The Main Entry Point

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The Main Entry Point.

Compiled bytecode is constructed to have a single point of entry defined by the public Main function in a Main class like this:


Class Main

{

 Public Function Main(Integer x, y, z) : Integer

 {

   //Here execution starts and ends

 }

}


This is the bare minimum source code requirement. The bytecode must always have an entry point at which execution begins.


It is recommended to encapsulate execution by using a Try - Catch control statement like this:


Class Main

{

 Public Function Main(Integer x, y, z) : Integer

 {

   Try

   {

     //Here execution starts

   }

   Catch

   {

     //Catch any errors

   }

 }

}


Execution of Main.

Once the bytecode has been loaded by the VM, it can be triggered from the outside to start execution by calling the @VMExecute library function which has this definition:


 @VMExecute(integer vm, x, y, z) : integer


The involved elements are


The term "from the outside" here means it can be triggered by a call from the host to the DLL - or from one VM to another. The origin is not important - from the VM point of view the job is the same: Start execution of the Main function.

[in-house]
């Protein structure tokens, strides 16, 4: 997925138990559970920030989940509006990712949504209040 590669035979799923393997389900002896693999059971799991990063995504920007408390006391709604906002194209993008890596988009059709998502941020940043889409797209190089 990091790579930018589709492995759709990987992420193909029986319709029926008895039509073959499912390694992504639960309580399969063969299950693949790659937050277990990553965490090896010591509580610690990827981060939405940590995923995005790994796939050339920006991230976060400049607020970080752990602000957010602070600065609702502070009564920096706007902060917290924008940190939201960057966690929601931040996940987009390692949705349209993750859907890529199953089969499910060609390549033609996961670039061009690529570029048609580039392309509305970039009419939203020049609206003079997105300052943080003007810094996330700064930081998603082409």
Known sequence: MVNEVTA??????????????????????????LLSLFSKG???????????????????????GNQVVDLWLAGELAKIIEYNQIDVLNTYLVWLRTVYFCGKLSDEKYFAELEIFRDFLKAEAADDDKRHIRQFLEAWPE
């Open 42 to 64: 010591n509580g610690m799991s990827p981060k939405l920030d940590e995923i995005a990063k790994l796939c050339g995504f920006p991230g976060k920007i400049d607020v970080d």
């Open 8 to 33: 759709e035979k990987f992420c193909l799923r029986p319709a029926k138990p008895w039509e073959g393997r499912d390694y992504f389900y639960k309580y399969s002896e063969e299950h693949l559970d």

Security Considerations.

It may seem like a limitation to only have the Main function as a single point of entry into the bytecode. After all it is very likely that the bytecode has different kinds of functionality bundled together, which should be easy accessible in different scenarios.


However, it would compromise security, if the bytecode could have multiple entry functions. It would provide too much valuable information for a cracker.


By only providing a single point of entry, it forces the programmer to "branch out" to other functions internally in the bytecode which is much harder to detect by a cracker.


And due to the flexibility of VM cells - which you can use for the public storage and transport of thousands of values - it is entirely up to the programmer to decide how to interpret the input and output of the Main function.